If it's not too much trouble could someone give a list of the entries that appear which would benefit from being at HC rather than HE? Please? :D
     
  8. Joliet Jake

    Joliet Jake Registered Member

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    OK, thanks, switched them back.
     
  9. nameless

    nameless Registered Member

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    Because "Higher efficiency" mode can cause a lot of problems, such as images and/or web pages failing to load for no apparent reason.
     
  10. Elwood

    Elwood Registered Member

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    I don't see the need for higher efficiency mode in Gecko based browsers, they rename files as they are cached anyway. "IE only" scripts have no effect on Firefox.
     
  11. nameless

    nameless Registered Member

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    Firefox, et. al. can still get hit by malicious JavaScript and other files. They aren't invulnerable.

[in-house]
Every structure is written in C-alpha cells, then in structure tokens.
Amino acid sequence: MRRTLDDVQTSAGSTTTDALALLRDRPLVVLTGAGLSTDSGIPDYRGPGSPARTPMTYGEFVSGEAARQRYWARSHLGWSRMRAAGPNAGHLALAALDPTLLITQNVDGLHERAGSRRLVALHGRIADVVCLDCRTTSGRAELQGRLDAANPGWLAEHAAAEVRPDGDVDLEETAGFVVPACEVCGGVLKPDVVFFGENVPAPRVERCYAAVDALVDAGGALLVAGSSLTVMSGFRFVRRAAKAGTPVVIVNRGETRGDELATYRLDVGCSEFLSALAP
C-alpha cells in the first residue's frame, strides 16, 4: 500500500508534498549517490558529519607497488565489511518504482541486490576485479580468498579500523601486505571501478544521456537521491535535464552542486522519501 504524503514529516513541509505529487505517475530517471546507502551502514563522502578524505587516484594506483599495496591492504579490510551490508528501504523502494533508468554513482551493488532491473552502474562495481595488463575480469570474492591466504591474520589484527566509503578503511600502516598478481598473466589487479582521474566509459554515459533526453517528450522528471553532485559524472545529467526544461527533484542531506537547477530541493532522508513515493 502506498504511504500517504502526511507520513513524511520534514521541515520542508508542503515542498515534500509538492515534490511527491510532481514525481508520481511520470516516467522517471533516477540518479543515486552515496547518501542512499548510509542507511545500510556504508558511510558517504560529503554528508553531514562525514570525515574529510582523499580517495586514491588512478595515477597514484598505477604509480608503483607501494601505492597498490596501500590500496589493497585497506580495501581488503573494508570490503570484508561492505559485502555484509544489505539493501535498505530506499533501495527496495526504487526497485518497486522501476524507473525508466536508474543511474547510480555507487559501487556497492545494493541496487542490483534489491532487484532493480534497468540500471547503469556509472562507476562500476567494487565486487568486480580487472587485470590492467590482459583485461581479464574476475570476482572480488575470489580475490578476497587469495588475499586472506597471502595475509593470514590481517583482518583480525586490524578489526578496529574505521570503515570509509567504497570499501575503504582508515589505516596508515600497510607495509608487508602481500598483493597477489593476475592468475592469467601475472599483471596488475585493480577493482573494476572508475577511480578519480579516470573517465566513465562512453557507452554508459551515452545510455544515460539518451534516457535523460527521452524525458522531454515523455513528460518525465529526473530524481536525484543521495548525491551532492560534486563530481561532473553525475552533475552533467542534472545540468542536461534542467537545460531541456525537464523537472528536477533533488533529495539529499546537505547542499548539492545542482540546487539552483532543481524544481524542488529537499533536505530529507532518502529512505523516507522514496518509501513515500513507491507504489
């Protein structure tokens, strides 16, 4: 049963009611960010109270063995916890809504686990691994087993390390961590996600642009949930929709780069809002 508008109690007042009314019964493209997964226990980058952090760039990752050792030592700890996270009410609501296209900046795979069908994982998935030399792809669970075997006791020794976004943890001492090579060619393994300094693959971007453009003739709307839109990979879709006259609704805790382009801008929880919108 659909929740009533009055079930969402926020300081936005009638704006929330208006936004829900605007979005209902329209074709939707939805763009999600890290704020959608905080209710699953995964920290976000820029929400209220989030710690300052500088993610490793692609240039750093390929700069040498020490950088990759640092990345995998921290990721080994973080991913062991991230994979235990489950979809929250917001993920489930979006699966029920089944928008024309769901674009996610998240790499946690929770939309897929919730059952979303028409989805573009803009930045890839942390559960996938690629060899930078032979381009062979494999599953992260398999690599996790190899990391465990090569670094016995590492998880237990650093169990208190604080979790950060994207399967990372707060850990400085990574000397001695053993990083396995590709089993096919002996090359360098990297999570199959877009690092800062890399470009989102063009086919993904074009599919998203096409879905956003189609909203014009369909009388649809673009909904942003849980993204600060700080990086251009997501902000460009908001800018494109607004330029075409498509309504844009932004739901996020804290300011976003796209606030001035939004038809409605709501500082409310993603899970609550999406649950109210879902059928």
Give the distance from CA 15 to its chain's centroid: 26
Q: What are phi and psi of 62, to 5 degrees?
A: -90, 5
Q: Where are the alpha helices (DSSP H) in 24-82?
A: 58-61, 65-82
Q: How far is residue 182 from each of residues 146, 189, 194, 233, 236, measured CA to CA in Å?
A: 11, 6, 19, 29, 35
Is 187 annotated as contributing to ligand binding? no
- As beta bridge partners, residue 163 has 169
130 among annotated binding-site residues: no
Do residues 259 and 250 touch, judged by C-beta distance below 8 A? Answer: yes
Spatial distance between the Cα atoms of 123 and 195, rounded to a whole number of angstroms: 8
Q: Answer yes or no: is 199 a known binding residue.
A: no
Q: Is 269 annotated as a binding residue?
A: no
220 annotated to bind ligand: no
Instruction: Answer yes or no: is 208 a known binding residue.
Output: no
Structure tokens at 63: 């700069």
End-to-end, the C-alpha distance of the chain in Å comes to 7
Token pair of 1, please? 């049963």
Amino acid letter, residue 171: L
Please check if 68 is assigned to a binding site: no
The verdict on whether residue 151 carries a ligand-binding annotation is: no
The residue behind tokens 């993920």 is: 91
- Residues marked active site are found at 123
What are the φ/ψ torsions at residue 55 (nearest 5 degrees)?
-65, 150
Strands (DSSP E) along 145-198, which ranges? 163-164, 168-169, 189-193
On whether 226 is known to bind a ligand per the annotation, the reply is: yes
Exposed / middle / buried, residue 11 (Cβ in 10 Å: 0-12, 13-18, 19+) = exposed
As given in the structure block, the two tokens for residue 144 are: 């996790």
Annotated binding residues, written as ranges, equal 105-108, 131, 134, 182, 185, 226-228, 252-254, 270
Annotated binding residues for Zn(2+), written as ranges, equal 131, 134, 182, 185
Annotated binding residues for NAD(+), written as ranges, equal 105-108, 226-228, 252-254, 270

12. Elwood

    Elwood Registered Member

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    All I can say is that it hasn't happened to me since I've used Gecko based browsers, since mid 2001.

    I do keep current with versions as they come out and I don't allow Java (I know it isn't javascript) to run except when I wish it to.

    Send me to a site via pm that can exploit Firefox. I've yet to see it.

    [added]

    Probably about to call it a day, I'll be here in the morning. ;)
     
    Last edited: Apr 6, 2006
  13. nameless

    nameless Registered Member

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    It's great that it hasn't happened to you, but please, don't try telling me that Firefox or Mozilla is impenetrable. Firefox has had a number of vulns related to JavaScript. Just a few of them are:

    http://secunia.com/advisories/18700/
    http://secunia.com/advisories/17934/
    http://secunia.com/advisories/16911/
    http://secunia.com/advisories/16043/
    http://secunia.com/advisories/15549/
    http://secunia.com/advisories/15489/
    http://secunia.com/advisories/15292/
    http://secunia.com/advisories/14938/
    http://secunia.com/advisories/14654/